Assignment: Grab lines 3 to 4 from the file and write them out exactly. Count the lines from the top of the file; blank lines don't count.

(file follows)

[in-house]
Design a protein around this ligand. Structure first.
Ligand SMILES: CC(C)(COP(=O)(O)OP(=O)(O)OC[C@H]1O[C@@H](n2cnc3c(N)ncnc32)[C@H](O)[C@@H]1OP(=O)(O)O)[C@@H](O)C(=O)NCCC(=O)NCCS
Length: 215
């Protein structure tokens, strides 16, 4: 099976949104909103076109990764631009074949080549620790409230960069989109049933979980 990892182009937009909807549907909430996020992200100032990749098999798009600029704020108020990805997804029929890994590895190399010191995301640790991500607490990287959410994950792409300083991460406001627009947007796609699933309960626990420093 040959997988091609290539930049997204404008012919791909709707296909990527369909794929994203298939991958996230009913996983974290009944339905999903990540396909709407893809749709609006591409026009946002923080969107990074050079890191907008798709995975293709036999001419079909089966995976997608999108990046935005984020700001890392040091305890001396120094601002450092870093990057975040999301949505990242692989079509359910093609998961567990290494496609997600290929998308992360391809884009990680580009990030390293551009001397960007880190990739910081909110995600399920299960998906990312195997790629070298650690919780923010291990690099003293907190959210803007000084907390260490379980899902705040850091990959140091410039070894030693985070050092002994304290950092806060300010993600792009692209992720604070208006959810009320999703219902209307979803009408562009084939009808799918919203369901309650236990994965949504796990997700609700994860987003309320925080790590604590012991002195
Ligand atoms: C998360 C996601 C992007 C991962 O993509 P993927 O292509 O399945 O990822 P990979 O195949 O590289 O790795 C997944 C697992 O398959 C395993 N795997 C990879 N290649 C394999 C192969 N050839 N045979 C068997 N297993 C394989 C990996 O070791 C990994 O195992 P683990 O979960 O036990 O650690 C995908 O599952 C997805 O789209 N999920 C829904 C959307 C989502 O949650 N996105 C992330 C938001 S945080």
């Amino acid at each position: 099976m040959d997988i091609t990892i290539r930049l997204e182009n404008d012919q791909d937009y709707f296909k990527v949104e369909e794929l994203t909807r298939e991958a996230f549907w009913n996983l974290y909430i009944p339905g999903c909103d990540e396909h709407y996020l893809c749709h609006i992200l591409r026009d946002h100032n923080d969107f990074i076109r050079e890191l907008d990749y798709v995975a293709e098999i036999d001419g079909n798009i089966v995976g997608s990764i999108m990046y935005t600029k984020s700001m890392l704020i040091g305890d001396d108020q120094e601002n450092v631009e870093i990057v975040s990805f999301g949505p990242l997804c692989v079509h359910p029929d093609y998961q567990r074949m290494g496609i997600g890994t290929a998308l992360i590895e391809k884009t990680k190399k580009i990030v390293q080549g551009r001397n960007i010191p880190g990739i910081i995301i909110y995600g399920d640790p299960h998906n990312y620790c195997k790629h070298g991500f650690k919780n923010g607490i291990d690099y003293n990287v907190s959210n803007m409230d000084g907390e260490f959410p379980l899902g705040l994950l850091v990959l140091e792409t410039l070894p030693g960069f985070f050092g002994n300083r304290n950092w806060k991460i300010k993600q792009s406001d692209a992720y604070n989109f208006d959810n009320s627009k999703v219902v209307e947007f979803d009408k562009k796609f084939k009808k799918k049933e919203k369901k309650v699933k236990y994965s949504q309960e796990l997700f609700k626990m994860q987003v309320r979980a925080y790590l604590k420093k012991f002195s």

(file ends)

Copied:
Ligand SMILES: CC(C)(COP(=O)(O)OP(=O)(O)OC[C@H]1O[C@@H](n2cnc3c(N)ncnc32)[C@H](O)[C@@H]1OP(=O)(O)O)[C@@H](O)C(=O)NCCC(=O)NCCS
Length: 215